• Topic: Development, Diplomacy, Poverty, World Bank
  • Political Geography: United Nations
  • Author: Charles Kenny, William Savedoff
  • Publication Date: 01-2014
  • Content Type: Policy Brief
  • Institution: Center for Global Development
  • Abstract: Why don't foreign aid programs simply pay recipients for attaining agreed upon results? The idea has been around for decades, but it continues to meet resistance. Some donors worry that programs that pay for outputs or outcomes would not be able to control how funds are used and would thus be vulnerable to corruption. This brief explains why results-based payment systems are actually likely to be less vulnerable to corruption than traditional input-tracking approaches by making the effects of corruption-the failure of programs to deliver results-more visible.
  • Topic: Corruption, Development, Foreign Aid
  • Author: Vijaya Ramachandran, Alan Gelb, Christian J. Meyer
  • Publication Date: 02-2014
  • Content Type: Working Paper
  • Institution: Center for Global Development
  • Abstract: We consider economic development of Sub-Saharan Africa from the perspective of slow convergence of productivity, both across sectors and across firms within sectors. Why have "productivity enclaves", islands of high productivity in a sea of smaller low-productivity firms, not diffused more rapidly? We summarize and analyze three sets of factors: First, the poor business climate, which constrains the allocation of production factors between sectors and firms. Second, the complex political economy of business-government relations in Africa's small economies. Third, the distribution of firm capabilities. The roots of these factors lie in Africa's geography and its distinctive history, including the legacy of its colonial period on state formation and market structure.
  • Topic: Development, Economics, Industrial Policy, Markets
  • Political Geography: Africa
  • Author: Jonah Busch, Kalifi Ferretti-Gallon
  • Publication Date: 04-2014
  • Content Type: Working Paper
  • Institution: Center for Global Development
  • Abstract: We have constructed a comprehensive database of 117 spatially explicit econometric studies of deforestation published in peer-reviewed academic journals from 1996-2013. We present a metaanalysis of what drives deforestation and what stops it, based on the signs and significance of 5909 coefficients in 554 multivariate analyses. We find that forests are more likely to be cleared where economic returns to agriculture and pasture are higher, either due to more favorable climatological and topographic conditions, or due to lower costs of clearing forest and transporting products to market. Timber activity, land tenure security, and community demographics do not show a consistent association with either higher or lower deforestation. Population is consistently associated with greater deforestation, and poverty is consistently associated with lower deforestation, but in both cases endogeneity makes a causal link difficult to infer. Promising approaches for stopping deforestation include reducing the intrusion of road networks into remote forested areas; targeting protected areas to regions where forests face higher threat; tying rural income support to the maintenance of forest resources through payments for ecosystem services; and insulating the forest frontier from the price effects of demand for agricultural commodities.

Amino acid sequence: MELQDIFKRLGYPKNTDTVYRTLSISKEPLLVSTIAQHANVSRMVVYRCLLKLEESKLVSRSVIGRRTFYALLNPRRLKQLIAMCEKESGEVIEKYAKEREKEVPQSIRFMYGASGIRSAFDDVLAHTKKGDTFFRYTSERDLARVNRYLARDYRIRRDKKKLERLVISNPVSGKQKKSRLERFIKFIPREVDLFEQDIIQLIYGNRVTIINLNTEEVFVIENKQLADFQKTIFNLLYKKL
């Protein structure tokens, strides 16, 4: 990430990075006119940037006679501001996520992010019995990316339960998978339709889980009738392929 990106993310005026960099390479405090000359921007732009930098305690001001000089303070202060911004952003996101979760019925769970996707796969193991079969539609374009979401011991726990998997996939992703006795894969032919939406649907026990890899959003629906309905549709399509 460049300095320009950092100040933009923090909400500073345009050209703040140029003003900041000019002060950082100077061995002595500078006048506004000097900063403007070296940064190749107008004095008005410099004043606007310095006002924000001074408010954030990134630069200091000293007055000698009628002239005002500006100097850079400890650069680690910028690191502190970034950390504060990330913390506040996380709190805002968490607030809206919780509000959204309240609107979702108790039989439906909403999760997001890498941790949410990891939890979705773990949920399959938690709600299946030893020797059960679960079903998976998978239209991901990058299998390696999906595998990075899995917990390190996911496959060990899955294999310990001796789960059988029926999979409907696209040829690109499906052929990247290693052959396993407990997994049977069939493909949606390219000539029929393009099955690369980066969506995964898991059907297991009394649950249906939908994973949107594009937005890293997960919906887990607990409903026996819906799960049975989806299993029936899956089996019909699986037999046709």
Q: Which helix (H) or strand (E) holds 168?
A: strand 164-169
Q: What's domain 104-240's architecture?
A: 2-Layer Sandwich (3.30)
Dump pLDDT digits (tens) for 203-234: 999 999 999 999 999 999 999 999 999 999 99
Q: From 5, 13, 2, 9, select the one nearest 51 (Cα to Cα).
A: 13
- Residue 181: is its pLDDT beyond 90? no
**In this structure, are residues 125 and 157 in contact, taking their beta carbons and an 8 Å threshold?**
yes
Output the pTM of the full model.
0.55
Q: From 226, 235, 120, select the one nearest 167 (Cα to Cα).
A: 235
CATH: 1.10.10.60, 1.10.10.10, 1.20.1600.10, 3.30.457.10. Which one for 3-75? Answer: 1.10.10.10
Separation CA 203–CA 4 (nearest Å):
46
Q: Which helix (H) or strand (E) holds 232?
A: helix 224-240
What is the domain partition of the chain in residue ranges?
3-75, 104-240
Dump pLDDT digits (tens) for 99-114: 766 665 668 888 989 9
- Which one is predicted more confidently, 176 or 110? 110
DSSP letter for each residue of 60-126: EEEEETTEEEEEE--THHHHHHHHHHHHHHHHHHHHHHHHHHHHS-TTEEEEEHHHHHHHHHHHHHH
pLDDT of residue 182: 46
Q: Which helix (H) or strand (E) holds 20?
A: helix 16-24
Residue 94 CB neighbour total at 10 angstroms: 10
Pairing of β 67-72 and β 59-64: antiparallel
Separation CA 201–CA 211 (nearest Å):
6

• Topic: Development, Economics, Environment, Industrial Policy
  • Political Geography: United Nations
  • Author: William Savedoff, Victoria Fan
  • Publication Date: 03-2014
  • Content Type: Working Paper
  • Institution: Center for Global Development
  • Abstract: Almost every country exhibits two important health financing trends: health spending per person rises and the share of out-of-pocket spending on health services declines. We describe these trends as a "health financing transition" to provide a conceptual framework for understanding health markets and public policy. Using data over 1995-2009 from 126 countries, we examine the various explanations for changes in health spending and its composition with regressions in levels and first differences. We estimate that the income elasticity of health spending is about 0.7, consistent with recent comparable studies. Our analysis also shows a significant trend in health spending - rising about 1 percent annually - which is associated with a combination of changing technology and medical practices, cost pressures and institutions that finance and manage healthcare. The out-of-pocket share of total health spending is not related to income, but is influenced by a country's capacity to raise general revenues. These results support the existence of a health financing transition and characterize how public policy influences these trends.
  • Topic: Development, Economics, Health, Governance
  • Political Geography: United States
  • Author: Amanda Glassman, Justin Sandefur
  • Publication Date: 07-2014
  • Content Type: Working Paper
  • Institution: Center for Global Development
  • Abstract: Across multiple African countries, discrepancies between administrative data and independent household surveys suggest official statistics systematically exaggerate development progress. We provide evidence for two distinct explanations of these discrepancies. First, governments misreport to foreign donors, as in the case of a results-based aid program rewarding reported vaccination rates. Second, national governments are themselves misled by frontline service providers, as in the case of primary education, where official enrollment numbers diverged from survey estimates after funding shifted from user fees to per pupil government grants. Both syndromes highlight the need for incentive compatibility between data systems and funding rules.